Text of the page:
Although the methylene blue stabilizer extends the shelf life of 99Tcm-exametazime to 4–6 h after reconstitution, the dark blue appearance of the mixture of stabilized 99Tcm-exametazime and blood components makes it impossible to separate out the leukocyte button. The aim of this study was to assess the feasibility of using stabilized 99Tcm-exametazime to radiolabel mixed leukocytes separated by Volex sedimentation with hypotonic lysis (VL) and pure granulocytes isolated by a single-density Ficoll-Hypaque gradient with hypotonic lysis (FL). Isolated cells from 40-ml and 80-ml donor blood samples were mixed with 0.5 ml stabilized 99Tcm-exametazime (∼925 MBq 99Tcm and 62.5 μ exametazime) and incubated at room temperature for 15 min. After incubation, two dilution steps with 3 ml and 9 ml of 12.6% ACD/NS (anticoagulant citrate dextrose, solution A, USP, mixed with 0.9% NaCl, v/v) were conducted to dilute the dark blue mixture and to remove any unbound 99Tcm activity. With the addition of 9 ml of 12.6% ACD/NS solution to the 1-ml bottom portion from the first dilution, the supernatant of the centrifuged preparation was clear enough to be withdrawn. The overall labelling efficiency (LE) of labelled leukocytes and granulocytes was 87.1 ± 4.9% and 87.7 ± 6.2%, respectively (n = 12 each). Overall, radiolabelled cells (n = 12) from the 80-ml blood samples (LE = 90.3 ± 2.8%) had an ∼6% higher labelling efficiency than from the 40-ml blood samples (LE = 84.5 ± 6.0%) and also had a slightly better in vitro stability compared to the 40-ml samples. The in vitro stability studies showed that only ∼2% (n = 48) 99Tcm activity was eluted each hour from the radiolabelled leukocytes or granulocytes for the 40-ml or 80-ml blood samples during the 6-h evaluation period. Cell viability of all labelled leukocyte samples was confirmed by the trypan blue staining technique. In conclusion, mixed leukocytes separated by the VL method and pure granulocytes isolated by the FL method can be effectively labelled with stabilized 99Tcm-exametazime with the use of the ‘double dilution’ technique.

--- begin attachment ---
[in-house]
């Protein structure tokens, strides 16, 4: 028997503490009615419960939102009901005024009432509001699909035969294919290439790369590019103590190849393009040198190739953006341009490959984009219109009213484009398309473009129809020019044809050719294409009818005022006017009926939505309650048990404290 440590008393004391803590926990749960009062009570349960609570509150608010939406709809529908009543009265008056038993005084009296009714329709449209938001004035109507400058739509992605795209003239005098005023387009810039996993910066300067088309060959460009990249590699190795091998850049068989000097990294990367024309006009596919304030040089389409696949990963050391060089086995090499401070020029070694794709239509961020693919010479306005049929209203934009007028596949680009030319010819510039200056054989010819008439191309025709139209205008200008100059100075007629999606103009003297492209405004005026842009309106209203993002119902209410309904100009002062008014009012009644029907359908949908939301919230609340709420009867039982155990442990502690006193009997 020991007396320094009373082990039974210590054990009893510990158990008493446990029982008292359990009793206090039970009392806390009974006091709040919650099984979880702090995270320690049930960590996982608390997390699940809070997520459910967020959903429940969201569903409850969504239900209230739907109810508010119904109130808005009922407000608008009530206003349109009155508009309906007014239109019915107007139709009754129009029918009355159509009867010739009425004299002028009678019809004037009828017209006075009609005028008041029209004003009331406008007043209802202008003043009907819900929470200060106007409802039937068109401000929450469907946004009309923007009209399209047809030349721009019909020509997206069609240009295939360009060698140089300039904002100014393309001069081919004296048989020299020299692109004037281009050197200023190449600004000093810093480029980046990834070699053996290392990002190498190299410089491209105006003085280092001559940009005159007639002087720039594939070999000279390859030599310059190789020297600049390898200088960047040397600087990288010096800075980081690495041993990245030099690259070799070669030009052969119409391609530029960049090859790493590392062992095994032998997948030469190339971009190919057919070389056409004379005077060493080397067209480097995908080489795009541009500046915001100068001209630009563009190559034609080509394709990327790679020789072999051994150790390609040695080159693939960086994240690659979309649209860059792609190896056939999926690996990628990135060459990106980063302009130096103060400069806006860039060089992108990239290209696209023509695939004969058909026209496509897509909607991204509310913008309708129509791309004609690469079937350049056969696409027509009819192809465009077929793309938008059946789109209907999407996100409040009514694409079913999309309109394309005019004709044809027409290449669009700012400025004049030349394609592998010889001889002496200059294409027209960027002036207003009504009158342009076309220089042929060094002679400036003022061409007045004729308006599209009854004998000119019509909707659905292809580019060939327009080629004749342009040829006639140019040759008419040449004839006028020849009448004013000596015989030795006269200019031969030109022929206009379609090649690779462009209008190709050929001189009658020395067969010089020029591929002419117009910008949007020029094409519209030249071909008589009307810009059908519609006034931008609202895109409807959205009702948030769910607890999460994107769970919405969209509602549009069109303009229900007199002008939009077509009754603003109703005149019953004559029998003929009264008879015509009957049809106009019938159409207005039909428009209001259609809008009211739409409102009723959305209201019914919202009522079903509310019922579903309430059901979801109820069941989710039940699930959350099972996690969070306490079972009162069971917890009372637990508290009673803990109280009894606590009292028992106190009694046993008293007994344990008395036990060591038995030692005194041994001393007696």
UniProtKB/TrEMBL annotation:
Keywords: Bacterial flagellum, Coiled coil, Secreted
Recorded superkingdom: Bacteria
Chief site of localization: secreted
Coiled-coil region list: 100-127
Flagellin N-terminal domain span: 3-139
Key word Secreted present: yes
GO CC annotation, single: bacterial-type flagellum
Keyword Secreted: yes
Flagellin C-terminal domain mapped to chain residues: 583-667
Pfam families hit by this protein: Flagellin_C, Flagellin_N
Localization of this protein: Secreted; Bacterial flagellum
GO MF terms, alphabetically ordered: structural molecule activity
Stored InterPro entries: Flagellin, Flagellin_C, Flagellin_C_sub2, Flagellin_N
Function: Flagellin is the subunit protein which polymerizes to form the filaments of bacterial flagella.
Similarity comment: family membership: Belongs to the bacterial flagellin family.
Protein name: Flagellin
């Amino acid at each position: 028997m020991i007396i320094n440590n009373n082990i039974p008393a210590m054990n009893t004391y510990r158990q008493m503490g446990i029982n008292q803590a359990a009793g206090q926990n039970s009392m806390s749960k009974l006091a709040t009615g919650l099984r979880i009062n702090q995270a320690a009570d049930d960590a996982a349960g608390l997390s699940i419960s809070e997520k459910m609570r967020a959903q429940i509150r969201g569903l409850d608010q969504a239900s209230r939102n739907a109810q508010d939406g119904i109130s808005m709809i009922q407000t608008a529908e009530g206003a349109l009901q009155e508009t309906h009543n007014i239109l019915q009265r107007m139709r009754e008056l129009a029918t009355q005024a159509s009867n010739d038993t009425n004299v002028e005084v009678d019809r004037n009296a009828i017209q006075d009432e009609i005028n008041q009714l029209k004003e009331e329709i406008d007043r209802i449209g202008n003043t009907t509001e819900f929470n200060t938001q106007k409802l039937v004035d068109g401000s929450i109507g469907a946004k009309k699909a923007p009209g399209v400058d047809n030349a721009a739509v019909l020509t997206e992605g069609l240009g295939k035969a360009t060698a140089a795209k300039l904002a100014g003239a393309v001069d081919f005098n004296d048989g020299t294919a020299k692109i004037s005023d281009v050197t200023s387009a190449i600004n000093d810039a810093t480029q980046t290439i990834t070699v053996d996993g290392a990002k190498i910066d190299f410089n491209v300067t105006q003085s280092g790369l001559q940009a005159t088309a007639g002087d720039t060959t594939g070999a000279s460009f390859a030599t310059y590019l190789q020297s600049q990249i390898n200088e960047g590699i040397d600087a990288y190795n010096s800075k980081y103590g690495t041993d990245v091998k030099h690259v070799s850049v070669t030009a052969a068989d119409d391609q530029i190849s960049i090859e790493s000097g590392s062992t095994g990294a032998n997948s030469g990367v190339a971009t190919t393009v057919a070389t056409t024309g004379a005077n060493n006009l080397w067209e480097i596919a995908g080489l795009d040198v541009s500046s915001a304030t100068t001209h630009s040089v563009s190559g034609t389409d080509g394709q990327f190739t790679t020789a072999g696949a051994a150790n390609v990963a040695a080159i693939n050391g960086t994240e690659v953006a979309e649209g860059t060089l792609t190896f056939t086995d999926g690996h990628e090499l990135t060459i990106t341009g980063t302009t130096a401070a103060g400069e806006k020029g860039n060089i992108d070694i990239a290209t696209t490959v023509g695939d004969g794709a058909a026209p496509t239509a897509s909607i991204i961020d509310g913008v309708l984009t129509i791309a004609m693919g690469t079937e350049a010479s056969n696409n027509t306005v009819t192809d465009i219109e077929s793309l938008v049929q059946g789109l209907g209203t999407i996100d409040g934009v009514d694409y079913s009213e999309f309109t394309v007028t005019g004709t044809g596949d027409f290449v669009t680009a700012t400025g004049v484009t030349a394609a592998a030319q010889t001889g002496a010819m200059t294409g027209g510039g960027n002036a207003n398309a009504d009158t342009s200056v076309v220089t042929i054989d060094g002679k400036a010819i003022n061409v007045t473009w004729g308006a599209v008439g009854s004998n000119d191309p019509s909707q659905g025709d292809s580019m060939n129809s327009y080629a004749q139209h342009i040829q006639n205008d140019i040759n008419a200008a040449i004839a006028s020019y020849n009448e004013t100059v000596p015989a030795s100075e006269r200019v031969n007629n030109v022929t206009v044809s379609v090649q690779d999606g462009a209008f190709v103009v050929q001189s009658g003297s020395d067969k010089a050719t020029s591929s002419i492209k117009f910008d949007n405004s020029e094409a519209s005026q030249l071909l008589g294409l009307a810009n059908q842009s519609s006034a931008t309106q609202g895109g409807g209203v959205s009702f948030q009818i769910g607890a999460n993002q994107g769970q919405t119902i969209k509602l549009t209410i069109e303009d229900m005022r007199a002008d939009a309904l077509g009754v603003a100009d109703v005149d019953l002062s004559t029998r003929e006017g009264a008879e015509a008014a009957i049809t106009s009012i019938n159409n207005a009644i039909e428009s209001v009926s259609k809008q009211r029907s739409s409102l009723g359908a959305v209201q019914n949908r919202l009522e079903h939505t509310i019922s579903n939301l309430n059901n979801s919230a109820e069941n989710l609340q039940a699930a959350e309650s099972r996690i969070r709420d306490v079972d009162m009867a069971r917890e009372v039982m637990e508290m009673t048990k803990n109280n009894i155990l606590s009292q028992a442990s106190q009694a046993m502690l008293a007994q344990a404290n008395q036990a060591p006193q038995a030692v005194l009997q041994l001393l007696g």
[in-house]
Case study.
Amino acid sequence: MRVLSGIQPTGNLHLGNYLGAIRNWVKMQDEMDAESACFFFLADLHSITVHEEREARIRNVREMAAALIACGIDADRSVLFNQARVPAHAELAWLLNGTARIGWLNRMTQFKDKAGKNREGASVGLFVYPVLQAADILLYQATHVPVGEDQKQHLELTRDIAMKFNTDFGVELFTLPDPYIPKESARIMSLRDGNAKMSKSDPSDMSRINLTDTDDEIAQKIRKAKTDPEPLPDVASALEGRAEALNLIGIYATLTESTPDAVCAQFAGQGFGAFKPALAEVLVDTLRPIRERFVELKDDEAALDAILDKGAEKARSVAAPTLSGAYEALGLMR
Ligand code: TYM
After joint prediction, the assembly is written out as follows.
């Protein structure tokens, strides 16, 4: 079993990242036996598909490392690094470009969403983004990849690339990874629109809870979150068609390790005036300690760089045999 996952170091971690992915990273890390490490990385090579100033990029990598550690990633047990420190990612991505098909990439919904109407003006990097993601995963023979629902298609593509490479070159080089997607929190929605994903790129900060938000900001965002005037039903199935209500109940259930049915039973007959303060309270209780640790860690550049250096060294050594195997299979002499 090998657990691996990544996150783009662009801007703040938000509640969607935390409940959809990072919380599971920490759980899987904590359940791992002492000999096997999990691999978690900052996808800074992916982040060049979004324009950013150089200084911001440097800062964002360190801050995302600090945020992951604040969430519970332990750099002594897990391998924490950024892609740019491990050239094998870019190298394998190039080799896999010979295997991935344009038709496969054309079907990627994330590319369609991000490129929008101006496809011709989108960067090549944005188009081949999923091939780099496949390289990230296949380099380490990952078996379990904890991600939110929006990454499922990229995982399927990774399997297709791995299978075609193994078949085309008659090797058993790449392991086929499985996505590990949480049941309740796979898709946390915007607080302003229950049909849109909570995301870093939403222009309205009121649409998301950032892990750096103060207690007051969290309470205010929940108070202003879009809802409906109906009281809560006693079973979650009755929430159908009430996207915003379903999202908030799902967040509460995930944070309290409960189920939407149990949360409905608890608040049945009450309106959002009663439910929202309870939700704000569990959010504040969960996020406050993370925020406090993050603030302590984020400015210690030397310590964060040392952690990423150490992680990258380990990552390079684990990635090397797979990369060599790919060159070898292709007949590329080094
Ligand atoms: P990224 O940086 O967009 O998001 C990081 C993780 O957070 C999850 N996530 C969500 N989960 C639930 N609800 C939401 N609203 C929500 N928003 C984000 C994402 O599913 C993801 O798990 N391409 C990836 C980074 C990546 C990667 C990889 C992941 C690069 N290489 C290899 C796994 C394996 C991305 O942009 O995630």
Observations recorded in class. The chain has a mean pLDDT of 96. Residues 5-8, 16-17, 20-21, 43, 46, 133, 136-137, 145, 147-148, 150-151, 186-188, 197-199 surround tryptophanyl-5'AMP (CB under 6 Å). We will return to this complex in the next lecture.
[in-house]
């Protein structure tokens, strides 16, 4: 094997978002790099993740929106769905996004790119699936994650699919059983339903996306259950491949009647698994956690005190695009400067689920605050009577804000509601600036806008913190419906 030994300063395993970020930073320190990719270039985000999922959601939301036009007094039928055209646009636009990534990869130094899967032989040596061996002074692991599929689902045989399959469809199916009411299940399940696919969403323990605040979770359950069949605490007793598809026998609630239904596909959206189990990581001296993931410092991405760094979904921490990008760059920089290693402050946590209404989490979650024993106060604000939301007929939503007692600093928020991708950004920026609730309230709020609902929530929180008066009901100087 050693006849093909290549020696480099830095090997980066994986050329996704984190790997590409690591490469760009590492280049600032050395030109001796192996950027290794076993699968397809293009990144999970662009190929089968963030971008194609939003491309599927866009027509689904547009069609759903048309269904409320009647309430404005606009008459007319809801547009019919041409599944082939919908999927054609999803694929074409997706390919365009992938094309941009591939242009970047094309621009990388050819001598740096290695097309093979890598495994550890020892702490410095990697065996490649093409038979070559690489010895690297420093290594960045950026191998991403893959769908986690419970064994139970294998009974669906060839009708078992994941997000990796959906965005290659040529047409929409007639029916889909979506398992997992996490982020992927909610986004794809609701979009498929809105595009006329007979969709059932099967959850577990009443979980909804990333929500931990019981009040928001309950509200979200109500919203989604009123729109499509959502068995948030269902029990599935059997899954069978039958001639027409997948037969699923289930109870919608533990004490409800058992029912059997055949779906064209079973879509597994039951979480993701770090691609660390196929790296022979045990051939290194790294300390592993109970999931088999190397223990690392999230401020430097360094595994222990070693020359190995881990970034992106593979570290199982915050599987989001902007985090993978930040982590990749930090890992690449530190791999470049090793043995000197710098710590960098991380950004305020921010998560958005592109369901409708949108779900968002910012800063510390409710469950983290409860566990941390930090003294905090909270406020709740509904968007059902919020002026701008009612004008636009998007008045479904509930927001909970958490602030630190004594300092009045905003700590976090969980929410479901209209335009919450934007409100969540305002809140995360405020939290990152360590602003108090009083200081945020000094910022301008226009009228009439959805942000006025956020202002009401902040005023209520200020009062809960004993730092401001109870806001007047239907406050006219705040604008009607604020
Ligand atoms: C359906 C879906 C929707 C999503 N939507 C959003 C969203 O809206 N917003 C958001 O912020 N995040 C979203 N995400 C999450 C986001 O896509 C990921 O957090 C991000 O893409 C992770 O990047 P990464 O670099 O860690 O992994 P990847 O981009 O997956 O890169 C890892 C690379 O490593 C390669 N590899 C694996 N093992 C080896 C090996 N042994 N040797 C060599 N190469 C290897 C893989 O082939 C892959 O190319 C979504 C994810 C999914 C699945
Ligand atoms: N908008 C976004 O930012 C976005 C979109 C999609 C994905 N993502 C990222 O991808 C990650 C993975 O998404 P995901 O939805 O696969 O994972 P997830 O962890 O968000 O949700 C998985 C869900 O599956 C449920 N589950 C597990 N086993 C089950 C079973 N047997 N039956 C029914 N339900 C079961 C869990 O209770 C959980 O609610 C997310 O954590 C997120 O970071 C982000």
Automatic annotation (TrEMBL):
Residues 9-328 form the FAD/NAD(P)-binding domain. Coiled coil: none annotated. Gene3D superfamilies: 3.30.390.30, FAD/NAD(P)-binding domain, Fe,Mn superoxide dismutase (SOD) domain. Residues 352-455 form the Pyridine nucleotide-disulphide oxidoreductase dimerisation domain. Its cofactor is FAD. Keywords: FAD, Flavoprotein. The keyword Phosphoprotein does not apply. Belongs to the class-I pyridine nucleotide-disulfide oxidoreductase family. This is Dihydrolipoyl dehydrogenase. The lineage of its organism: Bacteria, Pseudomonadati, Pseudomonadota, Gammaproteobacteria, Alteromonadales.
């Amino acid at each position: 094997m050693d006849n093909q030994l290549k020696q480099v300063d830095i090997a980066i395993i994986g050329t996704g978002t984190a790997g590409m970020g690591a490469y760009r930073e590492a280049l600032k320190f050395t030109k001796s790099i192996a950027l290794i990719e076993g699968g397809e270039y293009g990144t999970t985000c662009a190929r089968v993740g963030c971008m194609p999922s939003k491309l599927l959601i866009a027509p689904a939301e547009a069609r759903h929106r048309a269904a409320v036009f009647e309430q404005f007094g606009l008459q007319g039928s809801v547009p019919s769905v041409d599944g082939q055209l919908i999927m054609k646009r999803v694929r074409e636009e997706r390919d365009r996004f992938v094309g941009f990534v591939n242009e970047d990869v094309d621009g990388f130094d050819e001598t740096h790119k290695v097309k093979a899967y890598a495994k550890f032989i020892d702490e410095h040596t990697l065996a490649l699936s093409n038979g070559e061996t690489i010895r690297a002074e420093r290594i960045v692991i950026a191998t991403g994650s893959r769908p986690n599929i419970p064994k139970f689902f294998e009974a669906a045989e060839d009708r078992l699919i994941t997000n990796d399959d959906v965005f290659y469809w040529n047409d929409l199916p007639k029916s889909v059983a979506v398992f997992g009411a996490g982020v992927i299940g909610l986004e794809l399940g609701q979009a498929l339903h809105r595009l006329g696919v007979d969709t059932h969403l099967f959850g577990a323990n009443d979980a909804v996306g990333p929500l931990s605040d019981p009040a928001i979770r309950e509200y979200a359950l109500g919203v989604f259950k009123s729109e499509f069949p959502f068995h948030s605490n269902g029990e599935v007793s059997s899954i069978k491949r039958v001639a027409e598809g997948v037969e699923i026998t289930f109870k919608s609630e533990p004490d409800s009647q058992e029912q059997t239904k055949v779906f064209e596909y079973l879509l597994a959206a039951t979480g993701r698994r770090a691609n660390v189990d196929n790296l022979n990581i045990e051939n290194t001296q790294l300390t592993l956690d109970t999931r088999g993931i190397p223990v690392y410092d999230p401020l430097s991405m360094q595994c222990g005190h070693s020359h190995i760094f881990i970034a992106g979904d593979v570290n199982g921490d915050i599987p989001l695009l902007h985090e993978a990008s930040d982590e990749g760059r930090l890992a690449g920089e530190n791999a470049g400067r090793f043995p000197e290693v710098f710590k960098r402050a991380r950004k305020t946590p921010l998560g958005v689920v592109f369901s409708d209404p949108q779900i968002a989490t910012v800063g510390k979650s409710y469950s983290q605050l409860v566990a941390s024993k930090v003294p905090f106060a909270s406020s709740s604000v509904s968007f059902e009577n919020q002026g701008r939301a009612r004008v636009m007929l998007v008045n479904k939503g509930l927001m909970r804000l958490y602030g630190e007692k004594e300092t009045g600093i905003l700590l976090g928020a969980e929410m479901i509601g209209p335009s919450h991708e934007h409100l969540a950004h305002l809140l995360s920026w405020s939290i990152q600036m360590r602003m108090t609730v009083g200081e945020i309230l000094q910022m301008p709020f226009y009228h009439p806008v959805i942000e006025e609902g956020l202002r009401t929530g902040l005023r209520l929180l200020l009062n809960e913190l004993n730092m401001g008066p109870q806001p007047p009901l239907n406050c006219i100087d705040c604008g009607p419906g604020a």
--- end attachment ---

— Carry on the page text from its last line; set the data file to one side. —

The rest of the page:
ASJC Scopus subject areas
- Radiology Nuclear Medicine and imaging